We’ve reported that California residents could be facing some serious new gun control laws, and that fear is a step closer to becoming a reality.
The state Senate approved sweeping new restrictions on Thursday, including 11 bills mandating background checks for every single ammunition purchase and outlawing the manufacture and sale of semi-auto rifles that have a detachable magazine of any capacity within the state, according to this story from the LA Times.
The bills will next head to the Assembly for consideration, in the state that already has the strictest gun laws in the entire country.
In the story, Assembly Speaker Anthony Rendon (D-Lakewood) said he is committed to pushing the bills through. If that happens, the bills next must be signed by Gov. Jerry Brown, who has vetoes some gun control measures in the past that he felt were overreaching.
“We cannot stand by while our communities suffer from this horrific violence,” said Senate President Pro Tem Kevin De Leon (D-Los Angeles). “These proposals take common sense steps to keep weapons and ammunition out of the hands of criminals.”
Opponents of the draconian gun control measures say that criminals don’t typically go into gun shops to buy their firearms and ammo in the first place.
“The criminals will not be affected,” state Sen. Jim Nielsen (R-Gerber) said in the story. “They will not pay any attention to these bills. These bill will disarm the law-abiding public.”
State Sen. Ted Gaines (R-Rocklin) called the bills “an assault on our 2nd Amendment rights,” in the story.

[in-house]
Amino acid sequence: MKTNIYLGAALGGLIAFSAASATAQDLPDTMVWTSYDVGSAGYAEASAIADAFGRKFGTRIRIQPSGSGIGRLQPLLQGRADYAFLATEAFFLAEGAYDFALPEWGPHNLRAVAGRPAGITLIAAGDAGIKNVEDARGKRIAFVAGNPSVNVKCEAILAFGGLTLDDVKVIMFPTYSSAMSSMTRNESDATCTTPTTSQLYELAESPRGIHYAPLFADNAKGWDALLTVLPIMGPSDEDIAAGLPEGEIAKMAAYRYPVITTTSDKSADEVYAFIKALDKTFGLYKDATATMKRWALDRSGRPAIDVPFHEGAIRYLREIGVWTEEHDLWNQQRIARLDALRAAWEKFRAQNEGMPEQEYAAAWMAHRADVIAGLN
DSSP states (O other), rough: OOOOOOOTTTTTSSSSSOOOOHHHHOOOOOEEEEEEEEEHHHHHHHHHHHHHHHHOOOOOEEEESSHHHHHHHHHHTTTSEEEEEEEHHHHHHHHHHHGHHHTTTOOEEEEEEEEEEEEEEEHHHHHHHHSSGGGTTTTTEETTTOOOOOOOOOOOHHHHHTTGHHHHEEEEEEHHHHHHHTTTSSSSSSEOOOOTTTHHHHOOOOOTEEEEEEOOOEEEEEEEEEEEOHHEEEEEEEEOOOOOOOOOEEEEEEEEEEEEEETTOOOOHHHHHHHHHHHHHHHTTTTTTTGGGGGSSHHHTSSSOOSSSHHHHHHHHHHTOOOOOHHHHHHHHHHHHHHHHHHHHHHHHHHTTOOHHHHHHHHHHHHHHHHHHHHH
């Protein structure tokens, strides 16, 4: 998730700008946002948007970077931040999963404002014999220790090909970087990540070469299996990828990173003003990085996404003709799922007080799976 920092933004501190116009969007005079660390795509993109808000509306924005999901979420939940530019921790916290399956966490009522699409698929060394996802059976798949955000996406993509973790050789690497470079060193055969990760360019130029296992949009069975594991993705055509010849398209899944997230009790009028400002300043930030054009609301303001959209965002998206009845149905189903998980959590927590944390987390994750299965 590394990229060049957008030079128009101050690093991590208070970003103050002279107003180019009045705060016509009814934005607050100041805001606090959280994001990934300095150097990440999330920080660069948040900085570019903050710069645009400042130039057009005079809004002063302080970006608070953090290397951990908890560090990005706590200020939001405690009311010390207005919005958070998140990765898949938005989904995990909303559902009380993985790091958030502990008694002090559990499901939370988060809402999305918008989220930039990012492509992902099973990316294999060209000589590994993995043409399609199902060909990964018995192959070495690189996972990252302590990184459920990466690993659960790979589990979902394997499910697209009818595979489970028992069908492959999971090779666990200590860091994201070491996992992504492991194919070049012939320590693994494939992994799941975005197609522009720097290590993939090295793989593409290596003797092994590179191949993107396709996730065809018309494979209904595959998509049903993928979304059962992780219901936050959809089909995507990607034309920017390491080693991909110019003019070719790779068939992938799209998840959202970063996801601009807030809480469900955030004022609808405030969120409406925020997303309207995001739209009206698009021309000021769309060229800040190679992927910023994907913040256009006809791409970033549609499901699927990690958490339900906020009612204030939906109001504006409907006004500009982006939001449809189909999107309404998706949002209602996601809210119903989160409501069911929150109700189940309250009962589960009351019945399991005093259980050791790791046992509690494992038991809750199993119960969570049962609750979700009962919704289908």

The NRA, the NSSF, and Gun Owners of California are opposing the bills, including the prohibition on semiauto rifles with detachable magazines, which would result in “banning many popular semi-automatic firearms currently legal under California law while doing nothing to keep guns out of the hands of criminals,” the NSSF said in a statement.
Anyone possessing centerfire rifles with a “bullet button” would have to register them with the state as an “assault rifle.” A bullet button is a recessed button that must be pressed with a sharp object to allow the removal of the magazine, supposedly preventing quick magazine changes.
Another bill approved Thursday would ban the possession of “large-capacity” magazine, which in California apparently means any mag that holds more than 10 rounds.
“This represents the incremental beginning of the taking of weapons by government,” said Sen. Jeff Stone (R-Murrieta). That particular bill allows owners of magazines that would become banned to sell them to licensed gun dealers or out of state.
Another bill would require anyone buying ammunition to present ID, “which would be used by the seller to check to make sure the buyer is not a felon or otherwise prohibited from possessing guns.” The story doesn’t say how that would be done, but it’s presumed that it would be accomplished through the already overburdened NICS background check system.
According to the LA Times, other bill approved by the Senate on Thursday would:
Require owners of homemade guns to get a serial number for the firearms, register them with the state and undergo a background check
Ask voters in November to reverse a provision of 2014’s Proposition 47 that made thefts of guns worth $950 or less a misdemeanor. The measure would allow felony charges in all gun theft cases. (this was the only measure not opposed by gun rights groups)
Mandate that gun owners report lost or stolen firearms to the authorities within five days of discover that they are missing. Some straw purchasers illegally sell guns and then later claim they were stolen.
Limit lending of firearms to specified family members
Establish a Firearm Violence Research Center at one of the University of California campuses to study potential policies to reduce shooting deaths and injuries.